You might also take two big coffee cans. Cut the top and bottom off one, and just the top off the other. Nail both to a post a few feet apart, and you can stand your strips in it while you wait. Tape all the strips from the same culm together. It is cheaper than the PVC, and it may work if you aren't leaving the strips there for too long.  (Bob Maulucci)

    I have approximately 40 culms in my garage much to SWMBO annoyance.  (Paul Blakley)

      Is there anything about Rodmaking that doesn't annoy SWMBO? Especially if she doesn't fish?  (Dick Fuhrman)

    I do most of my rodmaking on the road, in small apartments and/or travel trailer so I split 5 or 6 rods worth of cane at one time. Each split is marked B1, B2, B3 etc for butts and TA1, TA2, TB1, TB2 etc for tips, all the splits are bundled per rod and stored in cardboard drawing tubes.  (Doug Losey)

    I split them as I need them but many production makers split hundreds of strips before hand. The main problem with splitting many is that you will end up miss matching strips (different strips from different culms in the same rod). It's a purely cosmetic thing (in my view anyway) but the finest of today’s rods are made from the same culm. The other thing is that splitting cane although one of the first tasks takes the longest to master (at least it did for me).  Buy your cane from Demarest.  (Marty DeSapio)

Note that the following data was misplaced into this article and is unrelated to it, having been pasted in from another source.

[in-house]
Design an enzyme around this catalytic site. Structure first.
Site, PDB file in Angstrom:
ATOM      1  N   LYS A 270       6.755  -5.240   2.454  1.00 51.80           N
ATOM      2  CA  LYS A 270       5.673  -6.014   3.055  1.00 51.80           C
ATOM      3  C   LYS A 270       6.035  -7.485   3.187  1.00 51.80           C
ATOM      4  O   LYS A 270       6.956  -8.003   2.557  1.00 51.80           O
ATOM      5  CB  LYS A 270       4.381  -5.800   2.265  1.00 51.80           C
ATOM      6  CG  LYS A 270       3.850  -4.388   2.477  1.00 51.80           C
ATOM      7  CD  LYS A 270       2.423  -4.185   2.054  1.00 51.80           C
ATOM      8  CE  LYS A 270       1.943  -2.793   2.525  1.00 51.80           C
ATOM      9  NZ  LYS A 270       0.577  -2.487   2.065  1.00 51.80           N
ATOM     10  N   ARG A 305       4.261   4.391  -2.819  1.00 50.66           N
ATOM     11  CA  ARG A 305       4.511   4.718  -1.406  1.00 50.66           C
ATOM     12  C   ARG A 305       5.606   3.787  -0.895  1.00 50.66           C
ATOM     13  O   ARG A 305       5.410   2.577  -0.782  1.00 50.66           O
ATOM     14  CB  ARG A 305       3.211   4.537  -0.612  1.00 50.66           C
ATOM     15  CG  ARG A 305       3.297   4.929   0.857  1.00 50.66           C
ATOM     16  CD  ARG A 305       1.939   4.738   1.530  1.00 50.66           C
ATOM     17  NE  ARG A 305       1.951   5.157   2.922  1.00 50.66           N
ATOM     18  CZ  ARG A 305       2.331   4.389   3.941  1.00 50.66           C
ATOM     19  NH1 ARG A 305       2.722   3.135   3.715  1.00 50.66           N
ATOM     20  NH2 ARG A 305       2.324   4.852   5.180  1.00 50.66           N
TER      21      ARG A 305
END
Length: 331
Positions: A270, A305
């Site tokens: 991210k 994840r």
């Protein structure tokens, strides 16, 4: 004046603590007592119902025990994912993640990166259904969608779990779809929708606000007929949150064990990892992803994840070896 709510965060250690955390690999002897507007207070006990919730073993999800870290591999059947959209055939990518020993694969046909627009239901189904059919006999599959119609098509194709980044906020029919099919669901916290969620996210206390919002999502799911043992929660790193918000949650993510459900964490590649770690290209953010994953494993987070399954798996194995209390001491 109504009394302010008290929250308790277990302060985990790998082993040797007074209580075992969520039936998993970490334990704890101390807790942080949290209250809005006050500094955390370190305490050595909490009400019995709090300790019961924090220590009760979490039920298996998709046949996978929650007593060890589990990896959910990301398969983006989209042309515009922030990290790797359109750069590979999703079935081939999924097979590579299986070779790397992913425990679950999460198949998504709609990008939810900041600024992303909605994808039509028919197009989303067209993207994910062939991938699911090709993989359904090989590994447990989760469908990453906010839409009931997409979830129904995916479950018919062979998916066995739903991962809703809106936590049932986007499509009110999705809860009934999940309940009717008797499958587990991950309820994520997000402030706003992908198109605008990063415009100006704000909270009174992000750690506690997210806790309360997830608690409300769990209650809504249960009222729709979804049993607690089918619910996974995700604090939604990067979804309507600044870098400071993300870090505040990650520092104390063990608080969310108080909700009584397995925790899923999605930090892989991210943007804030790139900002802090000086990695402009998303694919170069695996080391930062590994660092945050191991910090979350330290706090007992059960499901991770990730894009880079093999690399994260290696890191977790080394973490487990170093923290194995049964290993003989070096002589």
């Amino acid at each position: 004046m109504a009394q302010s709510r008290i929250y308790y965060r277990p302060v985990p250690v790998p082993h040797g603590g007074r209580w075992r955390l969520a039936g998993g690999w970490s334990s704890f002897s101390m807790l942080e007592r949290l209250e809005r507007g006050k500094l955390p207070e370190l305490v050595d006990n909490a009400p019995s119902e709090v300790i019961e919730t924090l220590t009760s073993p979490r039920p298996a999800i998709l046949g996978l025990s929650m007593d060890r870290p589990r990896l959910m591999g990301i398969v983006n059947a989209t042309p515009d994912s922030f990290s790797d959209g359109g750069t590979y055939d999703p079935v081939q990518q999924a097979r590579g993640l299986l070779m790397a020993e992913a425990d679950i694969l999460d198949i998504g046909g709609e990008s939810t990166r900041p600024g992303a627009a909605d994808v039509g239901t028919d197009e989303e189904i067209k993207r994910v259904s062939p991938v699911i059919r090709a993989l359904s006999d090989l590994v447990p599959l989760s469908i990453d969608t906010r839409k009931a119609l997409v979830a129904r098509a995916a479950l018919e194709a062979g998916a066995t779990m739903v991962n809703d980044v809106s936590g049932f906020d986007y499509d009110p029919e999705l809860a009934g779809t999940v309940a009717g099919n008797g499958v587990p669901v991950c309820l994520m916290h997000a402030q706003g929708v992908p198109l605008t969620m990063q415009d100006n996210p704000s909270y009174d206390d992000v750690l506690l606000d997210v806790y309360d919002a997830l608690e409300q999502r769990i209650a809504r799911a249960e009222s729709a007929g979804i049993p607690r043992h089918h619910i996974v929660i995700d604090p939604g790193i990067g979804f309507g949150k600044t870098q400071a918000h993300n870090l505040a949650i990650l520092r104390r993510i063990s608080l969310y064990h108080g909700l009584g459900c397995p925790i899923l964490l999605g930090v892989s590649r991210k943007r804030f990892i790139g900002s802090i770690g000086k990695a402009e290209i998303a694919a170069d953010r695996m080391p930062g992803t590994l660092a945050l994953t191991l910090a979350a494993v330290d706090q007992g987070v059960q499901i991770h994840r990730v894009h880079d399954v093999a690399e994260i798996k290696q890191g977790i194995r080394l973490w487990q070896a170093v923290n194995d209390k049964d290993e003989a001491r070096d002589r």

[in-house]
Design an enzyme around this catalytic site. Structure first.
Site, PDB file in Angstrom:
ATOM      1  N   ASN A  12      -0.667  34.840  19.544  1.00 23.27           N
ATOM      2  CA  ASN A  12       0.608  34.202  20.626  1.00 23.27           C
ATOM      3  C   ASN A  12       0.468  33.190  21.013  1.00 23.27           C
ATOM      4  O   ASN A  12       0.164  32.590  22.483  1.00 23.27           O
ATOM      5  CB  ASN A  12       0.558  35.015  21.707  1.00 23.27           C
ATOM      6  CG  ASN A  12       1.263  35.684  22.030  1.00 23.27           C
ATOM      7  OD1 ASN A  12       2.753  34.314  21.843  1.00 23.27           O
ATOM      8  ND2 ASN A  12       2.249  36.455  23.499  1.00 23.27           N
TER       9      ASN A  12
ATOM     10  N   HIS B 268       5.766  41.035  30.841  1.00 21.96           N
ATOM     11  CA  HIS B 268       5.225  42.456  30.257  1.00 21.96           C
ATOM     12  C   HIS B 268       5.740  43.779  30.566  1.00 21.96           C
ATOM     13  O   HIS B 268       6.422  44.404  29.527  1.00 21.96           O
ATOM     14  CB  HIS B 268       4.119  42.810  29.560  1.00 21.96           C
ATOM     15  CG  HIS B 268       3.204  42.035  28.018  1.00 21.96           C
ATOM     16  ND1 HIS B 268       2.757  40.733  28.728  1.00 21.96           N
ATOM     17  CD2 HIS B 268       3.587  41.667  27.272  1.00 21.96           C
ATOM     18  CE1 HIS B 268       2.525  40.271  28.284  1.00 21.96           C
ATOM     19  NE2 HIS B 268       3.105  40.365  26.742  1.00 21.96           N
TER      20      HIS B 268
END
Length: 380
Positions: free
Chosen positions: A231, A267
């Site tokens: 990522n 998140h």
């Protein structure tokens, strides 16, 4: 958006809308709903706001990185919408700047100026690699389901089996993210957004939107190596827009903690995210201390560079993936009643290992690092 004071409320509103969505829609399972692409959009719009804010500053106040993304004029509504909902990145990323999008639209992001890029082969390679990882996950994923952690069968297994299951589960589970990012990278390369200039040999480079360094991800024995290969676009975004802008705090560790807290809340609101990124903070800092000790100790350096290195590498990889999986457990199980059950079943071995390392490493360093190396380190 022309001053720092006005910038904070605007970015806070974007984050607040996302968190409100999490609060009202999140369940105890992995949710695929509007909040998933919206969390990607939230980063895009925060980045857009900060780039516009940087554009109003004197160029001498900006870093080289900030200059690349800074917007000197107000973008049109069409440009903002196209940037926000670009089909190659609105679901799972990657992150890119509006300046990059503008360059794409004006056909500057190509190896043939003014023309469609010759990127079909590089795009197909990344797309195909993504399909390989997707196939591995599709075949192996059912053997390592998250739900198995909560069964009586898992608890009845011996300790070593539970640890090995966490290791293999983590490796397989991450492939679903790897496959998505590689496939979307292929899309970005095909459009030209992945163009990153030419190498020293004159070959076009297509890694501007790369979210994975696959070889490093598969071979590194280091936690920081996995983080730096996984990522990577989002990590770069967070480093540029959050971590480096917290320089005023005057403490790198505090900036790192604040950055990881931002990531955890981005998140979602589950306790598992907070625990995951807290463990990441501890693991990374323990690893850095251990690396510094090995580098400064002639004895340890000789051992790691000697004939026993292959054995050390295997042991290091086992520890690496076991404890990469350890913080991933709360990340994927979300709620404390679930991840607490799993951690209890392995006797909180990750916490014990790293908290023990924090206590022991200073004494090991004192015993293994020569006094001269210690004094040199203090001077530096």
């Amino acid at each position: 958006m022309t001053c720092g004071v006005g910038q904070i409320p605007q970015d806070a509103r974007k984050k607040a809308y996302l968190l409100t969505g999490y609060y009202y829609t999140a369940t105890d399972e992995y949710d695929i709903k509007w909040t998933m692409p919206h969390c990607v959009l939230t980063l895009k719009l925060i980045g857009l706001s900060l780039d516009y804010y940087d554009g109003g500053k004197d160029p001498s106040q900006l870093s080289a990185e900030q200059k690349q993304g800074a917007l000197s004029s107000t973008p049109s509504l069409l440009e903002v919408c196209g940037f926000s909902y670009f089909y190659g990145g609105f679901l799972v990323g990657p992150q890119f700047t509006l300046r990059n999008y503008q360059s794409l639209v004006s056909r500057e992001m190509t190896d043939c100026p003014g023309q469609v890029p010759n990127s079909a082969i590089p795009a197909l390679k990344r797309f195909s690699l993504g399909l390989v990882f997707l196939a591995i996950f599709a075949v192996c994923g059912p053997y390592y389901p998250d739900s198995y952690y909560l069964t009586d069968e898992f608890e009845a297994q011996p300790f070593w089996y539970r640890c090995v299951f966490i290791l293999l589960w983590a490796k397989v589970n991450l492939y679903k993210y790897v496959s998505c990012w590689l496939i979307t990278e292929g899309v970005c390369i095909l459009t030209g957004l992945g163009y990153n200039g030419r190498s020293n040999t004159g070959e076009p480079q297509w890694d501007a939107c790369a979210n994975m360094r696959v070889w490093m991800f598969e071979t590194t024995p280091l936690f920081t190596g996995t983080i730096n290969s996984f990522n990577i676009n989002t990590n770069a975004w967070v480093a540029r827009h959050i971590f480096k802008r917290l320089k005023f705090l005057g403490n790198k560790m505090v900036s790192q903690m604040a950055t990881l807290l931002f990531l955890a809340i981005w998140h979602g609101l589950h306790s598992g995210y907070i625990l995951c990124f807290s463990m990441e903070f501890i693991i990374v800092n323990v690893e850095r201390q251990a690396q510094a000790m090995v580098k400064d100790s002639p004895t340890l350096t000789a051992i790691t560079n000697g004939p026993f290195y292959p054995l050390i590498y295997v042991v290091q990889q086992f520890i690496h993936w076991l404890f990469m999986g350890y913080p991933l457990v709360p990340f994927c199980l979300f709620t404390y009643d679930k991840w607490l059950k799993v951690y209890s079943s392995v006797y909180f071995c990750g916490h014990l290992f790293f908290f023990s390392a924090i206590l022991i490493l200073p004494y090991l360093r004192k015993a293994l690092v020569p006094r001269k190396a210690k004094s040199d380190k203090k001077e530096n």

One thing that everyone forgot to mention, build a rod or two to make sure it is something you really want to do. Having 20 12' culms split or unsplit could be a pain to get rid of, if you store unsplit you will have to check split or they will pop like a gun shot. Ask many who know, they arrive cold and warm up and will pop and split loud enough to scare the @#$%^ out you, your wife and the neighbors several doors down. I brought my first culms home in my pick up, left in the bed for a couple of hours, snuck them in the house and stashed in the closet, Clock radio read 2:07 AM when the first one popped. Scared the piss out of the dog, now we have a new mattress, never mind the beating I took from the SWMBO.  (Pete Van Schaack)